Without going into great detail about them, I am obligated here to outline these two main temples, for they are the sole purpose of this ashram and the entire reason Sadhguru took root on this specific land in the first place. The first temple and perhaps the more important of the two, is theDhyanalinga,dedicated to Shiva, also known (among other things) as Adiyogi… the first yogi. Shiva represents Divine Consciousness, the source of intelligence and pure awareness that is behind all of creation. The second temple is Linga Bhairavi, which represents Shakti, the Divine Feminine that is creation itself, consciousness made manifest. She is the energy that animates every particle in the cosmos, from the smallest micro to the largest macro.
In the Yogic philosophy, these two representations, Shiva and Shakti, are the very essence of all existence, two sides of the same coin, inextricably intertwined… together creating the perpetual cycle of birth, life and the eventual death that takes everything back into the no-thingness from which it came. This same no-thingness that is Shiva, pure consciousness, when assisted by Shakti, then gives rise to creation once again… and so the unfathomable cycles that comprise the entirety of the universe continue on and on. As Sadhguru explains: “Shiva is the centripetal force that holds all of existence together and Shakti is the centrifugal force that gives rise to the explosive diversity of that existence.”
In building these temples, he brings to life the very specific intention of allowing anyone who wishes it, access to the ultimate, powerful, pure life-force energy that he has been able to harness and contain in what is known as the “linga,” and the two main temples are centered around these. It is at this juncture where mysticism comes into play, and where you must let go of using the interpretations brought on by your limited mind space. It is here, in these temples, the Dhyanalingain particular, where you must surrender to the place inside you that goes beyond the boundaries of your experiential understanding. I will not attempt to explain the ancient technology employed here, as it is blatantly esoteric and I do not understand it on any sort of intellectual level. Likewise, there is much in the Yogic realm that science does not yet understand, although as the years tick by, modern research has begun to steadily verify bit by bit, many laws of reality that Yoga has understood for eons. So if you can find a way to let go of any limiting beliefs and dip into the space of infinite possibility, you can allow yourself access to places you’ve never yet been.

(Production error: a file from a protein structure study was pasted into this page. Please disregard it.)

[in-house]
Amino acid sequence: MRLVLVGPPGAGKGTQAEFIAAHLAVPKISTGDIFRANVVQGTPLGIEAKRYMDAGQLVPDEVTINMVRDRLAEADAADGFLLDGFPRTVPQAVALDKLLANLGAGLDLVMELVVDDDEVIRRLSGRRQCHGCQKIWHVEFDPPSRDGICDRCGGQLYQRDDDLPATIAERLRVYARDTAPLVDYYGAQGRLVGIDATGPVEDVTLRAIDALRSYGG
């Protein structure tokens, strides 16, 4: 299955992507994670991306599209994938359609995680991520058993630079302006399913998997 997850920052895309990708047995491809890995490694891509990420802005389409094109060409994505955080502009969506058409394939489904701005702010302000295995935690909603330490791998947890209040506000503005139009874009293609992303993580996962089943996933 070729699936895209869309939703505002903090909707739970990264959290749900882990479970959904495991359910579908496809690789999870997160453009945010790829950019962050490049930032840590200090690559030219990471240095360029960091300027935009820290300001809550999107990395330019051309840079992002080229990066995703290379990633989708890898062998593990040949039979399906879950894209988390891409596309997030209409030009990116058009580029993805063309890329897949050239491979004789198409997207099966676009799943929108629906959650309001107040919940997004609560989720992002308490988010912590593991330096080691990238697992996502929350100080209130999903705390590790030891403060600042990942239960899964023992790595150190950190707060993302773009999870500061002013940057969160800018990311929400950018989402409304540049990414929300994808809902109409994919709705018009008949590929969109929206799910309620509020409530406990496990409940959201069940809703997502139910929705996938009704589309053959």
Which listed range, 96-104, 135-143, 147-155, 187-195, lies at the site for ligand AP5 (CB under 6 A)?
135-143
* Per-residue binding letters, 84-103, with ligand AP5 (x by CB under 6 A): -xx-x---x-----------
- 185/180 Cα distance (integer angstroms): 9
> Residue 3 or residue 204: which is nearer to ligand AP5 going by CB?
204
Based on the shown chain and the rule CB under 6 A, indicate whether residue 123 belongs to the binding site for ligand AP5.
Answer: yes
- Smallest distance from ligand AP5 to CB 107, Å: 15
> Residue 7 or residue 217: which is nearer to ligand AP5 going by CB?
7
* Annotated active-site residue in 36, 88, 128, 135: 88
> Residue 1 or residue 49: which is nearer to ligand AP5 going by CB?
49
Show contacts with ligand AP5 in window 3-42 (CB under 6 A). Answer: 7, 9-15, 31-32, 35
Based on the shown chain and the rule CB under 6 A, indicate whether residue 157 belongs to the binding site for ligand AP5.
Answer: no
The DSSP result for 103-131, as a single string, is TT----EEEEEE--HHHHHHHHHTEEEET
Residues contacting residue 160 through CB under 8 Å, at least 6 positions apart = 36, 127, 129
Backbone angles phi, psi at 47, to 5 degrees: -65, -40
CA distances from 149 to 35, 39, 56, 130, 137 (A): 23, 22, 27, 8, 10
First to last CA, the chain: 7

The linga is a statue of sorts, found in Hindu temples since time immemorial. It is an icon, a physical, three-dimensional symbol which, elliptical in shape, is said to represent the initial shape to take place when un-manifest energy begins to manifest itself… from the birth of new cell to the birth of a new galaxy, all things move through the ellipsis at the energetic origin of their birth. The linga represents consciousness taking form, Shakti manifesting Shiva.
The Dhyanalinga however, is no ordinary linga. Both the linga itself and the space in which it is housed are vastly different than the traditional Shiva temples you find throughout India, where the worship of this Divine energy can have a frenetic feel to it amongst the loud chanting and perpetual (and rather ecstatic) ritualistic gestures made by the hordes that gather around. Here, Sadhguru has encapsulated the energy of Shiva using ancient yogic techniques of working with energy, and consecrated it into the largest linga ever to exist. He houses it in a pristine dome (again, not the traditional temple shape) where mandatory silence allows you to sit and simply absorb it’s energy… and trust me, you do. Here, the stillness that is the inherent, shapeless nature of absolute consciousness is made palpable, and it is extraordinary. Simply sitting in silence and turning inward, or perhaps gazing at and absorbing the beauty that is this alter, it would be impossible to not feel something, regardless of whether or not you understand it. If you’re interested, you can read more about Sadhguru’s alchemical process of consecration here.